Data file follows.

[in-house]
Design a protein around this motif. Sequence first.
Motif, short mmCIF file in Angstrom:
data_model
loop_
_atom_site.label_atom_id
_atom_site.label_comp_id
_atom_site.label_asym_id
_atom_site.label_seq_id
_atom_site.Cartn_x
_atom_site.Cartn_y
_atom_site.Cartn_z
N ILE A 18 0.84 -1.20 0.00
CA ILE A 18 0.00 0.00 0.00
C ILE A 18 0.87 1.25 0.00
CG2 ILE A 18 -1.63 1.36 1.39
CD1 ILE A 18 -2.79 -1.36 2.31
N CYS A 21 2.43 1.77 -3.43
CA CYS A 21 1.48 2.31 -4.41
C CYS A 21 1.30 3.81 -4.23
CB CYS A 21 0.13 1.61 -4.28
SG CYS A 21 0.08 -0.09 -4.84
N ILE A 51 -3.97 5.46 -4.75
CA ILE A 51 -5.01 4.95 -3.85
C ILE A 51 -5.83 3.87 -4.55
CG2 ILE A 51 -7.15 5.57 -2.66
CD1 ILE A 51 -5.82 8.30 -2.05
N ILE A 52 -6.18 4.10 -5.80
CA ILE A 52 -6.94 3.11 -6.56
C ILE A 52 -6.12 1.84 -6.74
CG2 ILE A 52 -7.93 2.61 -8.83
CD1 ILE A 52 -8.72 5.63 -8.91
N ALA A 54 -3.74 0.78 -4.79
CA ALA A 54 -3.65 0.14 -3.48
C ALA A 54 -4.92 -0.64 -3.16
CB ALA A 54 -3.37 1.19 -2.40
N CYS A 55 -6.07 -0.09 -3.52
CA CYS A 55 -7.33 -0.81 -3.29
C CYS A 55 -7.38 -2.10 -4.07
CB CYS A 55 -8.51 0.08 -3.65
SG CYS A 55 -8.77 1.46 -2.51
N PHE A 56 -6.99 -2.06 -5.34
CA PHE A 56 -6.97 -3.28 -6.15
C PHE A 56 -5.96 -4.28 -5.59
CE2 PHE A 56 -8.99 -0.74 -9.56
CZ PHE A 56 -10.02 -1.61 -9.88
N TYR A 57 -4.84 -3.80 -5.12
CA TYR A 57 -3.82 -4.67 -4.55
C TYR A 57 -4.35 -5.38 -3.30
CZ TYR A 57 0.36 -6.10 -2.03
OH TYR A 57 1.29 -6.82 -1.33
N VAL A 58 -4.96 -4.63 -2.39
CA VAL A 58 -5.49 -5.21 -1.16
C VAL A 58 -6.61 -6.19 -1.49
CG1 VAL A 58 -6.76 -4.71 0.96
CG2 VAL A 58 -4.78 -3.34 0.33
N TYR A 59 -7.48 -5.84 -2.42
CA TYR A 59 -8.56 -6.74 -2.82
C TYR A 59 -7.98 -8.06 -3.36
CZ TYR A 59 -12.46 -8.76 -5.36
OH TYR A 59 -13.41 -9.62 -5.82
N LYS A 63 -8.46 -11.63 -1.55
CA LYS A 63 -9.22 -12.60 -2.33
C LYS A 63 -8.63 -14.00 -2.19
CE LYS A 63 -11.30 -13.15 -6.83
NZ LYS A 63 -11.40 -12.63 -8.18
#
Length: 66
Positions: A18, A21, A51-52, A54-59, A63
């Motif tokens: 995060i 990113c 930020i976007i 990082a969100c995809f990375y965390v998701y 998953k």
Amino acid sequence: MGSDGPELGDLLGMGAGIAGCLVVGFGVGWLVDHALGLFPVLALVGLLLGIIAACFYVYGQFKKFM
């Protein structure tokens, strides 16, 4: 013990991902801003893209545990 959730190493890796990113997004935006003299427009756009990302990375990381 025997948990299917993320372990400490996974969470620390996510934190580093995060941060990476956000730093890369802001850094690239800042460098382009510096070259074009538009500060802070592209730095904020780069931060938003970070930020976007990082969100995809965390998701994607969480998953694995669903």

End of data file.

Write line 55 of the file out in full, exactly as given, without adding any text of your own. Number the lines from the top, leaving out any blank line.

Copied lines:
CG1 VAL A 58 -6.76 -4.71 0.96